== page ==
Obama spoke about his country's budget crisis and the need for immediate reform [Reuters]
Republicans have unexpectedly proposed a new authority for Barack Obama, the US president, to raise the government's debt ceiling, as a last-choice option to avert the possibility of his country defaulting on its debt.
Mitch McConnell, the Senate minority leader, submitted a proposal on Tuesday which would allow Obama to request an increase in the government's debt ceiling of $2.5 trillion.
The plan stipulates the increased borrowing authority to be divided into three separate installments over the next year, under the condition that Obama simultaneously proposes spending cuts of greater size.
McConnell's plan came as Obama said that a debt default could delay welfare and disability payments next month, possibly making the elderly the first to suffer.
The US president has been in a series of meetings over the past several days with congressional leaders to search for a way to avoid a default and reach a budget agreement by August 2.
"I cannot guarantee that those checks go out on August 3 if we haven't resolved this issue because there may simply not be the money in the coffers to do it," he said in an interview with CBS News taped earlier on Tuesday.
'Largest possible deal'
The US president has said the possibility of his country defaulting on its debt is "not acceptable" and vowed to reach a budget agreement by August 2.
In a speech on Monday about the US fiscal crisis, Obama vowed to meet Republican opponents every day until a deal is finalised.
"I continue to push congressional leaders for the largest possible deal," Obama said, ruling out a short-term fix and proposing daily negotiations to avert a potentially disastrous default.
Obama spoke at length on his goal of reaching an accord with the leaders of the Republican-controlled lower house of congress.
"We are going to get this done by August 2", Obama said. "The reason we've got a problem right now is that people keep on avoiding things."
The president was scheduled to resume talks on Monday afternoon with Republicans, the US opposition party, to try to break a stalemate over reducing the country's $1.4 trillion deficit and facilitate an increase in the $14.29 trillion debt ceiling.
The deal that Obama wants - a $4 trillion, 10-year deficit-reduction proposal - would eventually increase taxes, reform social entitlement programmes such as Medicare and Medicaid and cut government spending.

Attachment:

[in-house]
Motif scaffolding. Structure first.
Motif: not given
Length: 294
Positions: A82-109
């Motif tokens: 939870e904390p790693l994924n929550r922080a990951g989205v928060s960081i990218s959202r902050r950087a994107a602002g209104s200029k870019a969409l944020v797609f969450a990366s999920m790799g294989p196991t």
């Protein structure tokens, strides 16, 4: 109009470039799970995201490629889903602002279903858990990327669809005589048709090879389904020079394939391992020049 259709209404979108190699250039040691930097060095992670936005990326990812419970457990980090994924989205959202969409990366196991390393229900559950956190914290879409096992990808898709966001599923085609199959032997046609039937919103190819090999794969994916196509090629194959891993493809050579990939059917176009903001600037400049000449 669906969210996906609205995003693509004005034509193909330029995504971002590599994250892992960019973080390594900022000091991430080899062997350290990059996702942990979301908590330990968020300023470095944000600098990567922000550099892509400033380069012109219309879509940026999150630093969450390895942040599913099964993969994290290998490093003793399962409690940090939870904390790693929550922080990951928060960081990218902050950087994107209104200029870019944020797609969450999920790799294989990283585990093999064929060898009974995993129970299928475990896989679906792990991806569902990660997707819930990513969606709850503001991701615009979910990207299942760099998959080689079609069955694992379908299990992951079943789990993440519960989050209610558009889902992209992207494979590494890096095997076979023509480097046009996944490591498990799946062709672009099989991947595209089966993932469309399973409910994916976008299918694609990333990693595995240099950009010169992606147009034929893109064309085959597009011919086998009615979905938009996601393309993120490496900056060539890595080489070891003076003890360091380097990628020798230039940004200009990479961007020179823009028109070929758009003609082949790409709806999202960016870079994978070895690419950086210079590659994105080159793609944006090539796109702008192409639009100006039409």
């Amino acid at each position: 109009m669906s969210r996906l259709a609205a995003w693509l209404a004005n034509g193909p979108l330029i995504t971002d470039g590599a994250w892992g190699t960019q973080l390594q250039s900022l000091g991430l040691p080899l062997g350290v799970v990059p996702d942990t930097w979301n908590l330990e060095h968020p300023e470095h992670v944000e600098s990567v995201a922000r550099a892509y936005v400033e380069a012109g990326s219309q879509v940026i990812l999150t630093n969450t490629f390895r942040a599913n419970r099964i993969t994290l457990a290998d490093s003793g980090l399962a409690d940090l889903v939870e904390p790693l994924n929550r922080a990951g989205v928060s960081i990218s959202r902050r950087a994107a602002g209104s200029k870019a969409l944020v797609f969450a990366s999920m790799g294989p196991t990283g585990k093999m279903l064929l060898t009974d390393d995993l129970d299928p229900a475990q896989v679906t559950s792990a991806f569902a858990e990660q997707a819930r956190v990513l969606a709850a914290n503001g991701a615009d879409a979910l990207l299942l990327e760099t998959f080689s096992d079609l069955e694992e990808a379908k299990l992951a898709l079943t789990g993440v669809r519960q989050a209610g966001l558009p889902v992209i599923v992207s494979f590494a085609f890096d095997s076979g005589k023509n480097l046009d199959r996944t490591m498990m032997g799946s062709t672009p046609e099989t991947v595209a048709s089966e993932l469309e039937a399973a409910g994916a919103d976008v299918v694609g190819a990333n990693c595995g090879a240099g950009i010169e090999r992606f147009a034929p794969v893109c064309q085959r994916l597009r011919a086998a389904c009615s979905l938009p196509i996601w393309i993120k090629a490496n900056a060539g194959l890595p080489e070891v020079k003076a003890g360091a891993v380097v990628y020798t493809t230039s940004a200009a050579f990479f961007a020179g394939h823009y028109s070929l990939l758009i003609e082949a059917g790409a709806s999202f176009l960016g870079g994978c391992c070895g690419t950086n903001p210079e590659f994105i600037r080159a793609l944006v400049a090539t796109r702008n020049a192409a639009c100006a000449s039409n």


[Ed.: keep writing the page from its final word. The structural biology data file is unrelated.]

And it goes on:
Republicans have balked at the idea of raising taxes on the highest earners and wealthy corporations as part of any plan to slice deep into government spending, saying that doing so would smother job growth.
Democrats have vowed to defend social safety net programmes such as Medicare, which provides health insurance for the elderly and disabled, and Social Security, which provides retirement payments.
Defending himself from the critiques he has received from opposition politicians about his budget plan, Obama said: "It's not because I want to raise revenues for the sake of raising revenues ... If you don't have revenues it means you are putting more of a burden on people who can't afford it, and that's not fair."
But the president also reaffirmed his commitment to crossing party lines for the sake of moving forward.
"I am prepared to take on significant heat from my party to get something done," Obama said. "I expect the other side should be willing to do the same thing if they mean what they say, that this is important.
"I have bent over backwards to work with the Republicans to try to come up with a formulation that doesn't require them to vote sometime in the next month to increase taxes."
The US hit its debt ceiling on May 16, but has since used spending and accounting adjustments, as well as higher-than-expected tax receipts, to continue operating without impacting government obligations.
The US treasury department says that, barring a new agreement, the government will not be able to afford to maintain payments beyond August 2, and will have to begin withholding payments to bond holders, civil servants, retirees and contractors.
Economists say that if the US defaults on its debt, it could lose its ability to borrow, worsening fraught financial relations with creditors such as China and further damaging an already fragile global economy.
Source: Al Jazeera and agencies